Restraining orders, under the Protection From Abuse Act portion of Pennsylvania law, abuse is defined as any of the following: 1. Attempting to, intentionally or recklessly causing bodily injury, rape, spousal sexual assault or unconsentual intercourse with or without a deadly weapon. 2. Placing another, by physical threat, in fear of imminent serious bodily injury. 3. False imprisonment. 4. Physically or sexually abusing minor children. 5. Stalking a person and placing that person in reasonable fear of bodily injury. The Act does not cover emotional, verbal or mental abuse.
Pennsylvania residents can file for a protection from abuse order (“PFA“) if the person who has or is trying to harm you: 1. is or was your spouse; 2. is or was living with you in a common-law marriage; 3. is the parent of your child; 4. is your child; 5. is your parent; 6. is your sexual intimate partner; 7. is directly related to you by blood. If the abused person is a minor, then a parent, adult household member or guardian can file on behalf of the child.
Those who are represented by Pennsylvania lawyers in any domestic relations matter (i.e. divorce, custody, support), should contact their attorney for legal advice if they desire to obtain a protection from abuse order. Those do not have a Pennsylvania lawyer representing them must appear in person at the Chester County Justice Center but should keep in mind that there is no staff on hand to provide legal advice. The PFA Coordinator will assist with filling out the necessary paperwork but may not give legal advice–one reason it is important to consult with a Pennsylvania lawyer if at all possible.
For those wishing to obtain a final protection from abuse order, a hearing will be held in front of a judge within ten days of filing the petition with the court, at which time the judge will listen to the facts of the case. In cases where a judge finds that abuse has occurred, a final protection from abuse order will be issued. The length of the order can be from one (1) to eighteen (18) months.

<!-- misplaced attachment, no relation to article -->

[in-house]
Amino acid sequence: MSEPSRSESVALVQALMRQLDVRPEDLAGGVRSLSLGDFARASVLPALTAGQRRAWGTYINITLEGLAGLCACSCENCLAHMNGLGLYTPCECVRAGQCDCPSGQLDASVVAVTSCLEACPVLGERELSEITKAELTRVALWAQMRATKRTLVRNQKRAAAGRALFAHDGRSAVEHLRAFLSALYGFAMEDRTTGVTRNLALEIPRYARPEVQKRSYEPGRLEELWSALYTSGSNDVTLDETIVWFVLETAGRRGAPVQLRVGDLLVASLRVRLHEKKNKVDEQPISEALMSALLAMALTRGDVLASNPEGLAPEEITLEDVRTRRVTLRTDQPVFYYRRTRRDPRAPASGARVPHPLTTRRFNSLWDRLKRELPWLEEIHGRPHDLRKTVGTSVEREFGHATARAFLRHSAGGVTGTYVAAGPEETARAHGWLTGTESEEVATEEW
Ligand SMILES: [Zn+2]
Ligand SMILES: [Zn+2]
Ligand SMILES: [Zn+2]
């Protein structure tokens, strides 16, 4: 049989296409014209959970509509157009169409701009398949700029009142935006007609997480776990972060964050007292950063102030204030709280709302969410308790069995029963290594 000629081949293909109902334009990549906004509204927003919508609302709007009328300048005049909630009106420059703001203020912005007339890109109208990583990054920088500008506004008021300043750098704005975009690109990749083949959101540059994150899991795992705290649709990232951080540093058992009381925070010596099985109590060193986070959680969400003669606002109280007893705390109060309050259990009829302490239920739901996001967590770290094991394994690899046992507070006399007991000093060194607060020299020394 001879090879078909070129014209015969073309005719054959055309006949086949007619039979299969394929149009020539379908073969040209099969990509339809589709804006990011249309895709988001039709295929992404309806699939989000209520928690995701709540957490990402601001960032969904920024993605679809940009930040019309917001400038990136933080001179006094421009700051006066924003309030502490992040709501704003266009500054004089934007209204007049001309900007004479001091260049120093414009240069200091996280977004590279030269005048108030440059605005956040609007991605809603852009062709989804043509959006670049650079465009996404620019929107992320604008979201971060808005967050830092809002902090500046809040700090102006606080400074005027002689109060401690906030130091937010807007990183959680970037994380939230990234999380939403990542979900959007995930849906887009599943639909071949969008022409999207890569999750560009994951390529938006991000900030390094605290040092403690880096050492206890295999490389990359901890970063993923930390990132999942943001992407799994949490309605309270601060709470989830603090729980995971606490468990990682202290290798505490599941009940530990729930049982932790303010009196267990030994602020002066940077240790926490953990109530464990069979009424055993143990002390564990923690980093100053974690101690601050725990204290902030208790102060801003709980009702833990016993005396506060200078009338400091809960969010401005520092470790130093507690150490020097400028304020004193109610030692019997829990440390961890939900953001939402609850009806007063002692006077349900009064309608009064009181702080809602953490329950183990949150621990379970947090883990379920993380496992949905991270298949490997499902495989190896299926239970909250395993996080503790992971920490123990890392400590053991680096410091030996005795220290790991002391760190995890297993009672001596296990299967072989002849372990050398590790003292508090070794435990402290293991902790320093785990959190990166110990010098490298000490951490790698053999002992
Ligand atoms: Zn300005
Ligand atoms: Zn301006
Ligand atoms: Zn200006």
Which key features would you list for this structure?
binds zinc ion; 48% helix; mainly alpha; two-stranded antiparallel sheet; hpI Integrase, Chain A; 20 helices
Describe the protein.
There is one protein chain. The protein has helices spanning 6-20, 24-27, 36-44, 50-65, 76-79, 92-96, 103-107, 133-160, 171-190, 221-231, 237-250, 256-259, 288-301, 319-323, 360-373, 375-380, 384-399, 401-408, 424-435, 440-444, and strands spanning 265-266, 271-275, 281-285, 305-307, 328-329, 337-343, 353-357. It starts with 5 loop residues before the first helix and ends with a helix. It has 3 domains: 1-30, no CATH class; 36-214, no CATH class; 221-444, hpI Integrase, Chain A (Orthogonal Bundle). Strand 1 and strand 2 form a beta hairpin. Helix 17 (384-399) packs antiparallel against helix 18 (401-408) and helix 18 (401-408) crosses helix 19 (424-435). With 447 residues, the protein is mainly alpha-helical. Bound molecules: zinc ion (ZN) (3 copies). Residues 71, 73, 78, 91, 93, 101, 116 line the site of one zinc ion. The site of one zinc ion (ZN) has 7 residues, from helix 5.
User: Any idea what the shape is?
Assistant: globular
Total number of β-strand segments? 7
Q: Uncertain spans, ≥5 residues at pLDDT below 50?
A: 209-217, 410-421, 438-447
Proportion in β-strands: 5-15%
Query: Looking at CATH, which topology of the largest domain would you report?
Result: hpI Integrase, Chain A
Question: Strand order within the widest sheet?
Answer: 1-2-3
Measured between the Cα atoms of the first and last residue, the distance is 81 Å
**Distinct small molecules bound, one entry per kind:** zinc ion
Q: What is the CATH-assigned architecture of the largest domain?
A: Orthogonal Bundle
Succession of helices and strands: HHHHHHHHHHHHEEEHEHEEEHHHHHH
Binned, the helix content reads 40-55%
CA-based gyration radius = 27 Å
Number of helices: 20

A Protection from Abuse Order may provide the following relief: 1. direct the alleged assailant not to abuse, threaten, harass or stalk you; 2. direct the alleged assailant to stay away from the house or apartment where you live, even if that is also the alleged assailant’s home; 3. direct the alleged assailant to stay away from your school or where you work; 4. direct the alleged assailant to refrain from harassing you or your relatives; 5. prohibit the alleged assailant from having any guns or gun permits; 6. direct the alleged assailant to pay you for losses resulting from the abuse. These could include medical bills and lost wages; 7. direct the alleged assailant to attend a batterer’s counseling program (depending on jurisdiction); 8. award you temporary custody of your children and may grant you temporary support for yourself and/or the children of the alleged assailant.
If an alleged assailant violates the PFA, you should immediately call the police and report the violation. In some situations, a police officer may arrest the alleged assailant even if he/she did not witness the abuse. Those alleged assailants charged with the contempt of a protection order can face criminal charges for the acts committed that were in violation of the order. The court will hold a hearing and may sentence an alleged assailant found guilty of contempt to prison for up to six months and/or fine them up to $1,000 under Pennsylvania law.
Various services including crisis hotlines, safe homes or shelters, legal advocacy, community education, counseling, systems intervention, and transportation are available for those who are victims of domestic violence or other forms of abuse. A domestic violence counselor may be available to help an abused person seek a protection order. Domestic violence hotlines are available 24 hours a day, and all services are confidential. For more information on restraining orders look in the blue pages of your local phone book or, alternatively, the Yellow Pages.
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